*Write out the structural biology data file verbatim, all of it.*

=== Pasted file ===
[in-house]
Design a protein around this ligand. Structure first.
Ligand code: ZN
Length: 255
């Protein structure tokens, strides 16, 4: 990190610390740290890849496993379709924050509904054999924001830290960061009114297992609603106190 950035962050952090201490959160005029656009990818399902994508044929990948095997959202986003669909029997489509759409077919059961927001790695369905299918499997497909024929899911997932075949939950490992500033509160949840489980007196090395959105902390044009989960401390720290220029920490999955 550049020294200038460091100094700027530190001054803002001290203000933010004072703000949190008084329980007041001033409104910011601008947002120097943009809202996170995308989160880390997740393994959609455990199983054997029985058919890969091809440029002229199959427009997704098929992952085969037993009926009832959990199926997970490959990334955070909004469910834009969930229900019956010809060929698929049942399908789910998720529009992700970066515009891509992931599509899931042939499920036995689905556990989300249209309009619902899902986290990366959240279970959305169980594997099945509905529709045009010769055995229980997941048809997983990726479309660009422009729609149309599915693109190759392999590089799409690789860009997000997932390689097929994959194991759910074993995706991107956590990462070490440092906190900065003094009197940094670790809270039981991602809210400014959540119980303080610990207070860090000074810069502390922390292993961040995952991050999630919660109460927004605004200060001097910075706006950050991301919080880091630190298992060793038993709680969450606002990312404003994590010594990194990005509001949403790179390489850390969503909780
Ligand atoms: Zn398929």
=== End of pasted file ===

[in-house]
Design a protein around this ligand. Structure first.
Ligand code: ZN
Length: 255
């Protein structure tokens, strides 16, 4: 990190610390740290890849496993379709924050509904054999924001830290960061009114297992609603106190 950035962050952090201490959160005029656009990818399902994508044929990948095997959202986003669909029997489509759409077919059961927001790695369905299918499997497909024929899911997932075949939950490992500033509160949840489980007196090395959105902390044009989960401390720290220029920490999955 550049020294200038460091100094700027530190001054803002001290203000933010004072703000949190008084329980007041001033409104910011601008947002120097943009809202996170995308989160880390997740393994959609455990199983054997029985058919890969091809440029002229199959427009997704098929992952085969037993009926009832959990199926997970490959990334955070909004469910834009969930229900019956010809060929698929049942399908789910998720529009992700970066515009891509992931599509899931042939499920036995689905556990989300249209309009619902899902986290990366959240279970959305169980594997099945509905529709045009010769055995229980997941048809997983990726479309660009422009729609149309599915693109190759392999590089799409690789860009997000997932390689097929994959194991759910074993995706991107956590990462070490440092906190900065003094009197940094670790809270039981991602809210400014959540119980303080610990207070860090000074810069502390922390292993961040995952991050999630919660109460927004605004200060001097910075706006950050991301919080880091630190298992060793038993709680969450606002990312404003994590010594990194990005509001949403790179390489850390969503909780
Ligand atoms: Zn398929």